Seasonality

 

What fish are in season right now? Why does it matter?

Our fishermen have years of knowledge regarding seasonality, a lot of this knowledge has been handed down by generations of fishermen. It makes sense we should be guided by their expertise and make the most of what our UK waters have to offer at any particular time of the year.

Seasons are apparent due to water temperature, migration of stock, natural food sources, reproduction and spawning among other things.

Some seasons we should utilise, due to the quality of the fish, being tip top, best in class during a 12 month period. Due to the abundance and availability prices may slacken and deals can be had.

Some seasons need to be avoided, in our opinion, when fish are spawning and in poor condition, providing poor yealds and a poor eating experience.

Working so close to the industry we wish to guide you through these so important seasonal periods, offering you the best opportunity of giving your diners the best possible eating experience.

Keep up to date on this page – what’s in and what’s out – in regards to wild caught species.

 

Our Fish Buyer's, Recommendations

Mussels

The mussel season is here. Remember it’s fine to eat mussels in any month containing the letter R as a rule of thumb. Get some lovely fat mussels on your menu as now ids the time to experience their freshness.

Plaice

The Plaice season began a little later this year but, yields are now where they should be. The fish are firm and fat at this time of year as they have finished spawning. They are “as fat as butter” or so the saying goes.

Enjoy these wonderfully colourful and tasty fish from now.

Brill

Brill – what a brilliant fish! The season began a couple of weeks back and our skippers are seeing these in huge numbers. Sustainable and fresh, this fish is popular in France. Don’t miss out on this fishy delight that is more then available.

Whiting

Whiting have begun to move inshore and the season has fully begun. A versatile fish this can often be seen as an alternative to cod, with a lighter flavour this fish is favoured by all. If you’ve never tried it you’re missing out on a treat.

Hake

Part of the cod family Hake is a wonderful treat from nature’s larder. This fish is the sustainability poster boy – recently awarded the highest sustainability rating Hake is here to stay. This fish can wood-smoked for a complimentary addition to your pallet. We personally love Hake.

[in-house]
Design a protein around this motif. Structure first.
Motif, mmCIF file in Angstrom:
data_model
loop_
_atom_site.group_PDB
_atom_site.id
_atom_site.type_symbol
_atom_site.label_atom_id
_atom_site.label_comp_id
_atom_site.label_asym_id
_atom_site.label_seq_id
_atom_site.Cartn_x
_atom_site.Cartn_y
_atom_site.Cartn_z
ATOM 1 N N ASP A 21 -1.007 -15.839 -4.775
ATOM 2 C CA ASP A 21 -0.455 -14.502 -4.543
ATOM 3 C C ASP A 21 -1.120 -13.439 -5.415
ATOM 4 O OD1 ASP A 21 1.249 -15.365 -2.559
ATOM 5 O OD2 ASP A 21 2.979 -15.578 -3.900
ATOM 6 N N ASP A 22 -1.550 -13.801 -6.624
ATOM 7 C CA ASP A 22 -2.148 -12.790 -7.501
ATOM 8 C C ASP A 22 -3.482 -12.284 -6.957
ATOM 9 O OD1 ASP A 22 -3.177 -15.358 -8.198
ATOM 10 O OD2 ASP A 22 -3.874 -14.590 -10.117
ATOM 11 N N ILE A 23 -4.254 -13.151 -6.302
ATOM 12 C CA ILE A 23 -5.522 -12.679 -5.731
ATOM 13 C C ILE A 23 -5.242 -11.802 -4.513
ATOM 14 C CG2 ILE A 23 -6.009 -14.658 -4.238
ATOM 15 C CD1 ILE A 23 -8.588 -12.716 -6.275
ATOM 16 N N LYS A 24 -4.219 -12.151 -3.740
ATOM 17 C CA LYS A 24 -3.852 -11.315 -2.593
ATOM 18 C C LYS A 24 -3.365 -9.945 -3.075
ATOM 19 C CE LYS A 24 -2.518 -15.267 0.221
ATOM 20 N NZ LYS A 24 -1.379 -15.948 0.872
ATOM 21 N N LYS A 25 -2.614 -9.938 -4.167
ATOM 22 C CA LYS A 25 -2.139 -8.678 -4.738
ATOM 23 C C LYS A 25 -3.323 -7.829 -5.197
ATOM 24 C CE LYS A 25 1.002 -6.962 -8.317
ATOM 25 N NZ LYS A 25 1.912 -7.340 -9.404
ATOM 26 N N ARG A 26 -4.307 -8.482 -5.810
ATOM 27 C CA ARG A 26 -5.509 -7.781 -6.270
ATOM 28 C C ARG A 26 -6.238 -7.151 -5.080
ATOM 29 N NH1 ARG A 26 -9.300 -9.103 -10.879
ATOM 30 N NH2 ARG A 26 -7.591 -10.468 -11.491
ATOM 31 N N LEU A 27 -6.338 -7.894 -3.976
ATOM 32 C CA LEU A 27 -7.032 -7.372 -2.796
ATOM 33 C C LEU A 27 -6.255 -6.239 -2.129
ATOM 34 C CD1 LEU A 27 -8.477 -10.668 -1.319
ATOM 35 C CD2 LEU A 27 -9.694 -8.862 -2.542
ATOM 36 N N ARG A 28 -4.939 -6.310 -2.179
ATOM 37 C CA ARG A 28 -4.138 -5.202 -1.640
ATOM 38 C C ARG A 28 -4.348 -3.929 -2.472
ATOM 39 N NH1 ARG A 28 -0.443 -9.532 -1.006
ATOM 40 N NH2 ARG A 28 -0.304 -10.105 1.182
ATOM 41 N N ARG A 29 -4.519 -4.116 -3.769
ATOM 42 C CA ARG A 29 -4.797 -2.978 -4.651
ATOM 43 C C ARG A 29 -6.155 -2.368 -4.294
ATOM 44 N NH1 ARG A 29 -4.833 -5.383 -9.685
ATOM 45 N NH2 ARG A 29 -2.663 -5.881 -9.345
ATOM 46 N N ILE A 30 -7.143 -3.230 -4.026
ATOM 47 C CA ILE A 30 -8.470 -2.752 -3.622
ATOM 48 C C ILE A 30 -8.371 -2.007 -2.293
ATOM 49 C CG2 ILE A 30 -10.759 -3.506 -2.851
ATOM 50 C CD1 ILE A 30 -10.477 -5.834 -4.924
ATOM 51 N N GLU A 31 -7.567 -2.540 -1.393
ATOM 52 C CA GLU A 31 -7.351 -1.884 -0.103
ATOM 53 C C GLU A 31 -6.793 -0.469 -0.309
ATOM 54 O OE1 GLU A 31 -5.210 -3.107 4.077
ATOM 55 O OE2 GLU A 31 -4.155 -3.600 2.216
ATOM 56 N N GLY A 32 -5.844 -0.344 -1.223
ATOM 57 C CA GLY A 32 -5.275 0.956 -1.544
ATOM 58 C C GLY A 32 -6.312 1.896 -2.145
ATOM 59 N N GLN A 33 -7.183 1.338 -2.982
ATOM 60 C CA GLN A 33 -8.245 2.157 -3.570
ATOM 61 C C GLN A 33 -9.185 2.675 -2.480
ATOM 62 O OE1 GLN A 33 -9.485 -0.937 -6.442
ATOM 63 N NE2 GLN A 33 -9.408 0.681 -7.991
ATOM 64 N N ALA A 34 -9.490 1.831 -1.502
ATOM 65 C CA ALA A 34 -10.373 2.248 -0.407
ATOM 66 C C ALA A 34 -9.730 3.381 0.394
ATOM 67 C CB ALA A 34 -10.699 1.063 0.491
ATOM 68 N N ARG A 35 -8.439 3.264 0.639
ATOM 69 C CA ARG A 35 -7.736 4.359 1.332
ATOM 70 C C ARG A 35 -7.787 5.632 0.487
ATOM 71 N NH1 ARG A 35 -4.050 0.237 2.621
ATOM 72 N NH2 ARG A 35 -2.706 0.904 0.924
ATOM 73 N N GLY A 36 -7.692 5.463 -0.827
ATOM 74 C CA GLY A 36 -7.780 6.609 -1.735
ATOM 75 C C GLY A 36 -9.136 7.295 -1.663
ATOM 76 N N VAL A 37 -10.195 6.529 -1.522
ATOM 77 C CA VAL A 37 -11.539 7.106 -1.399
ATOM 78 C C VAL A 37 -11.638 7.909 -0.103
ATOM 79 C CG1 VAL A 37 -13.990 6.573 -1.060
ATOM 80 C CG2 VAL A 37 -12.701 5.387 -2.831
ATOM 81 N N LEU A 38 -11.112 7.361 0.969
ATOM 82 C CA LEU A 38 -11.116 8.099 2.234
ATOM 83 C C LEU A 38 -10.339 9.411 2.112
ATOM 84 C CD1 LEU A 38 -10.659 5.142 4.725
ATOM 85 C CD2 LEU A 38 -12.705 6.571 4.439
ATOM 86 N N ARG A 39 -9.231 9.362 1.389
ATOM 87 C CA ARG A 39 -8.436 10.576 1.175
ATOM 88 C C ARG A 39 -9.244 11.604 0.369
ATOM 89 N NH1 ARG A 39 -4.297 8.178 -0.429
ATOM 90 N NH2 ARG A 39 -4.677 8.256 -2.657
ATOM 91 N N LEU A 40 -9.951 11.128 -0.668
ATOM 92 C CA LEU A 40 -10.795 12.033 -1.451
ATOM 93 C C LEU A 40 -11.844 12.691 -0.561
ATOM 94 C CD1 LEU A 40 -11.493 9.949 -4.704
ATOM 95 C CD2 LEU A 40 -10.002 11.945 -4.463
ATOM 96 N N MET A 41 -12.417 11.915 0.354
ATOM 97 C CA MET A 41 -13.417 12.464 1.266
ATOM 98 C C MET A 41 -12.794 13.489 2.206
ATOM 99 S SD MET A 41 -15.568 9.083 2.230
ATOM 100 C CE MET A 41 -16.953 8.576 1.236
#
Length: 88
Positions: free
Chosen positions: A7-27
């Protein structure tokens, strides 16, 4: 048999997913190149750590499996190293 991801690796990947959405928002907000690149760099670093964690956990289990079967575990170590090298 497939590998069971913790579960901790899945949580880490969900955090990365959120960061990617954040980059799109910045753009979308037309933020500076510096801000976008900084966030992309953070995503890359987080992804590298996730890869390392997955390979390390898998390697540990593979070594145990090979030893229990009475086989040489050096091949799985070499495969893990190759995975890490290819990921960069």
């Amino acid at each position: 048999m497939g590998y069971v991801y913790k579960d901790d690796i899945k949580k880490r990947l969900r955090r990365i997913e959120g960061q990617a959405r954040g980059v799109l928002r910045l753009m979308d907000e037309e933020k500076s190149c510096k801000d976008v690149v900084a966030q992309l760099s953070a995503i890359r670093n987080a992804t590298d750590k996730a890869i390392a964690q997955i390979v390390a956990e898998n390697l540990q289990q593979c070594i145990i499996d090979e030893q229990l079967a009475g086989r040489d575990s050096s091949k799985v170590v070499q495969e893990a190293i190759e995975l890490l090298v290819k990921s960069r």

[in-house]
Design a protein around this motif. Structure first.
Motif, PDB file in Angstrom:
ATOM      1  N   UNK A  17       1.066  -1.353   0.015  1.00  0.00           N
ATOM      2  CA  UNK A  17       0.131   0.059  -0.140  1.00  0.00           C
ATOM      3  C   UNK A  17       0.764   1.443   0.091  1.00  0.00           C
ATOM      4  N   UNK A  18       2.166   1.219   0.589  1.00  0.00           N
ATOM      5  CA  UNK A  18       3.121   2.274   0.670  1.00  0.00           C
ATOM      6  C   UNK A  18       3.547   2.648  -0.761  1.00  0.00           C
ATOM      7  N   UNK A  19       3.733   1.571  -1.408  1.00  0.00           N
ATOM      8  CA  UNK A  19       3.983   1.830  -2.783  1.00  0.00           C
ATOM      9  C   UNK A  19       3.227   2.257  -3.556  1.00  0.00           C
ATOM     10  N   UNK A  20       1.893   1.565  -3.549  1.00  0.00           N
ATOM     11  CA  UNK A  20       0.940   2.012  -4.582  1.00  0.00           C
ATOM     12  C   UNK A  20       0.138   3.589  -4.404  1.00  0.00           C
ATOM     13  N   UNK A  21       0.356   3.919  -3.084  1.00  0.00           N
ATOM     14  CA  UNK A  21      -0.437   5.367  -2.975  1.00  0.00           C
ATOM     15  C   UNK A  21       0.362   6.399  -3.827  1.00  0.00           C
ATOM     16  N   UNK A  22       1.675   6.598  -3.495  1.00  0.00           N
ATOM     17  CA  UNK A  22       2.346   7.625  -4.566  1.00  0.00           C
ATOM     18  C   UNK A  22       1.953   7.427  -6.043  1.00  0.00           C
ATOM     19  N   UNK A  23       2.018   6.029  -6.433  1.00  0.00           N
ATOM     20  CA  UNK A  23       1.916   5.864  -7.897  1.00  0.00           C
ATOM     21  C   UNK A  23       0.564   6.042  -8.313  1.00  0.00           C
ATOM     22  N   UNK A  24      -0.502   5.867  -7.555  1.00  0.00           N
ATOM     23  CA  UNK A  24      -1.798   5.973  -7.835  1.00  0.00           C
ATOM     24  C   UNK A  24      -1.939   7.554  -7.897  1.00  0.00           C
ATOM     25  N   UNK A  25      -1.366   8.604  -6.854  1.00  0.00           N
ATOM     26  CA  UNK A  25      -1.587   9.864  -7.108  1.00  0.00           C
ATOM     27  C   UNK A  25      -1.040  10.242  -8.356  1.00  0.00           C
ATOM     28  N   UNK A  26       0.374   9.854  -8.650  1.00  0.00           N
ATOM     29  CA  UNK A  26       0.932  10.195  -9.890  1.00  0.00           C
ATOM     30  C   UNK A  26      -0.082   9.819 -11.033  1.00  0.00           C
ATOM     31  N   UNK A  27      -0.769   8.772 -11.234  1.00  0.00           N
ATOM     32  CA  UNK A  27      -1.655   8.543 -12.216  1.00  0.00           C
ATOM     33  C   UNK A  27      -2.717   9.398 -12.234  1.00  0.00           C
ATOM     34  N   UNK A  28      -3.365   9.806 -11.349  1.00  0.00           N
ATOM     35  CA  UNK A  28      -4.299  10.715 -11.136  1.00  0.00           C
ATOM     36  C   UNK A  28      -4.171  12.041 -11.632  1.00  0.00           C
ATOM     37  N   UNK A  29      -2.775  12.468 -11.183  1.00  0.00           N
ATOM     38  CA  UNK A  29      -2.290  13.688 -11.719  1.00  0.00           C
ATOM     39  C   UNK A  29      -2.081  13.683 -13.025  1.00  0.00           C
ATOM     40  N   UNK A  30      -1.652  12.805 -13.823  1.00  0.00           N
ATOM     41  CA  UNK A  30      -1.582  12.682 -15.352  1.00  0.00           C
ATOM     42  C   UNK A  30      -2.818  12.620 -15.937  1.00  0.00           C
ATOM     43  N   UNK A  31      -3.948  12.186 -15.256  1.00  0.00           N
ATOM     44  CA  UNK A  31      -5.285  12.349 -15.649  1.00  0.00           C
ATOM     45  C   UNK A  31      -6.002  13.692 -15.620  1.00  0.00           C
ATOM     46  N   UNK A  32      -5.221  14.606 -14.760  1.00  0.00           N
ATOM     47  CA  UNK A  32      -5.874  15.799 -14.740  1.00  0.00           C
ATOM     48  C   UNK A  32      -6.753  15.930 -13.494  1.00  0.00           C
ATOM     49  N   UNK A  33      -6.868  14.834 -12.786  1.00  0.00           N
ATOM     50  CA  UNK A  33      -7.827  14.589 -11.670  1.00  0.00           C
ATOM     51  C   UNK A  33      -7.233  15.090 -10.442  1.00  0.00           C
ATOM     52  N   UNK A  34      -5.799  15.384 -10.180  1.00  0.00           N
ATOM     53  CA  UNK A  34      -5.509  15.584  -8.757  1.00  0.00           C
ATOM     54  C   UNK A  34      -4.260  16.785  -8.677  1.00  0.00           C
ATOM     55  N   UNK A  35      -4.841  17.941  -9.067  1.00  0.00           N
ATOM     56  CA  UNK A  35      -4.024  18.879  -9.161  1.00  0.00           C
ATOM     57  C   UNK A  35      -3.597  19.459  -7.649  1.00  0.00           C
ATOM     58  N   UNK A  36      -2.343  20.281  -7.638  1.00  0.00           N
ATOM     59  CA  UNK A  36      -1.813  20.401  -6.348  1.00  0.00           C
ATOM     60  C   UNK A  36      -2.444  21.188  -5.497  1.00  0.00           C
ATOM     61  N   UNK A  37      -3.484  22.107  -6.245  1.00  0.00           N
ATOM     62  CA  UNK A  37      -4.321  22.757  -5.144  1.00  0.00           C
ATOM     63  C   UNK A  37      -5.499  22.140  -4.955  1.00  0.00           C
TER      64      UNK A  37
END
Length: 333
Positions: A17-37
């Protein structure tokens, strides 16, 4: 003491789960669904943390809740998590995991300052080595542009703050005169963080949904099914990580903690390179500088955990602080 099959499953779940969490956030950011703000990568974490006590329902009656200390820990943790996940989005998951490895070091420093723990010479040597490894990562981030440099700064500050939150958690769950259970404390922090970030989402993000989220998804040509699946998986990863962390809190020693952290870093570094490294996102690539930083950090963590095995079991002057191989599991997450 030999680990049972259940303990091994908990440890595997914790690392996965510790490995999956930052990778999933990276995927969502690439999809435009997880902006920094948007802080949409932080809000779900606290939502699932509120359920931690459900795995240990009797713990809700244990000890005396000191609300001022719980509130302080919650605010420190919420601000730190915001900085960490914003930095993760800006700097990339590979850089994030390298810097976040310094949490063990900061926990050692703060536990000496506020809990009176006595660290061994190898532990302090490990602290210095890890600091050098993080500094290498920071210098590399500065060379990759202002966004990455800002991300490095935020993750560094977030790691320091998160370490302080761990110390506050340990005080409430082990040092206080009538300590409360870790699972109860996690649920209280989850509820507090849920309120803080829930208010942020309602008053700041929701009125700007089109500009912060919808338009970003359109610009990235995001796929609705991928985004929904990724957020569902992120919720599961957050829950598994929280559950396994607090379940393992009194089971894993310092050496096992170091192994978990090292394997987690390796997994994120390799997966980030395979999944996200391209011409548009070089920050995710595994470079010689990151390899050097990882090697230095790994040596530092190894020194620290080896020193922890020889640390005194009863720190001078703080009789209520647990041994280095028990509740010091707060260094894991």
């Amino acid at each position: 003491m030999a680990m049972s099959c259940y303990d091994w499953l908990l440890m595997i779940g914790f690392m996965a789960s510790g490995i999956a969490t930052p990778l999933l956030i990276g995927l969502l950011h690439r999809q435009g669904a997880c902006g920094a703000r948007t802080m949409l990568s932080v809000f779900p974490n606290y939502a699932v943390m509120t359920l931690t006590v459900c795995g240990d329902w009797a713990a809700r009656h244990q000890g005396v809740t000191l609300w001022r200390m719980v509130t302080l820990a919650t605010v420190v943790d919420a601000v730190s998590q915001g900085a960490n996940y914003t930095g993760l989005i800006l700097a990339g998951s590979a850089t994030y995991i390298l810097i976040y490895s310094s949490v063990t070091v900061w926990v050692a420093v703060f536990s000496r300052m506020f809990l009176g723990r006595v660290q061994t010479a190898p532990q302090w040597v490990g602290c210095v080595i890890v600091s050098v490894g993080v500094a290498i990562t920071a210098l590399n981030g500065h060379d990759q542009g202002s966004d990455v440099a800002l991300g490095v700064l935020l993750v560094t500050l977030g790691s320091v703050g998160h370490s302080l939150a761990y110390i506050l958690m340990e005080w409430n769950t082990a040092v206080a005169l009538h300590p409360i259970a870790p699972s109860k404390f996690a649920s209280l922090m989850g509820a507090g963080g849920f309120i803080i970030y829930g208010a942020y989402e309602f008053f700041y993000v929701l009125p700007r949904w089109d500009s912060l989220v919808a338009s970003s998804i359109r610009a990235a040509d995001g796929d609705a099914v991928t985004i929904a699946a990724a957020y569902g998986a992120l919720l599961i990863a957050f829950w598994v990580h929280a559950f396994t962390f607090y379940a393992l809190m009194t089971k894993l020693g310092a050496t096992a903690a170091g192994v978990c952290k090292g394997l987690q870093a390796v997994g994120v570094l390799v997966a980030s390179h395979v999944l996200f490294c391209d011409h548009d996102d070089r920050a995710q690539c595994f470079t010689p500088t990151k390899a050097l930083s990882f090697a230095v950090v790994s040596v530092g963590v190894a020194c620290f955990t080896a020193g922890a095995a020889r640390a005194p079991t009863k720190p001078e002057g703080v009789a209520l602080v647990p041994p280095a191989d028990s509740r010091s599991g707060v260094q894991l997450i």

We have several netsmen land into our sister company in North Shields and can provide you, the chef, with something really special at this time of year.

Cuttlefish

The alternative to the Squid – Cuttlefish are in season whilst their cousins are out. Cuttlefish are very similar to squid offering the same versatility in the kitchen as tey can be BBQ’d, pan fried or part of a seafood paella.

Ling

Plentiful and popular the ling season is in full swing. What can we say? Caught in abundance and as fresh as a daisy. Ling are popular in Europe, more so than here, and are a deep water fish. They hunt other fish and are strong swimmers – catch one and you’ll know what we mean! They have a long body similar to that of an eel. The meat is firm and cooks many ways.

Recommended Fish to Avoid

Dover Sole

Dovers are seeing a large price increase currently. It’s not all bad news though as there are some great alternatives. Try Plaice, Tobay Sole or Megrim as an alternative.

Crab

As Crab thrive in warmer water, as the weather gets colder the humble crab will hide away ion the mud on the seabed. This will be the case until spring when the temperatures return. It’s ok though, there’s an ocean full of other delights to keep you satisfied until the crab return.

Salmon

Due to the supply and demand scenario, we are experiencing some very stiff prices from salmon farmers, which we’re afraid are hard to control.

We suggest using other species such as the ever popular Hampshire Chalk Stream Trout and farmed sea-reared Trout, farmed in Oban, Scotland.

Pollack

Sadly Pollack is out of season. We’re seeing very low numbers in the nets and as a result the price is very high.

Samphire

Out of season, plain and simple. Samphire is becoming woody and is best avoided right now. There is an alternative; Israeli Samphire. Just as good as our UK variant and available when ours is not. 

If you want to know more about seasonality, or anything else about our fish, then get in touch – we’re more than happy to advise you and we can recommend alternatives to fish out of season.

 

White Marrfish Logo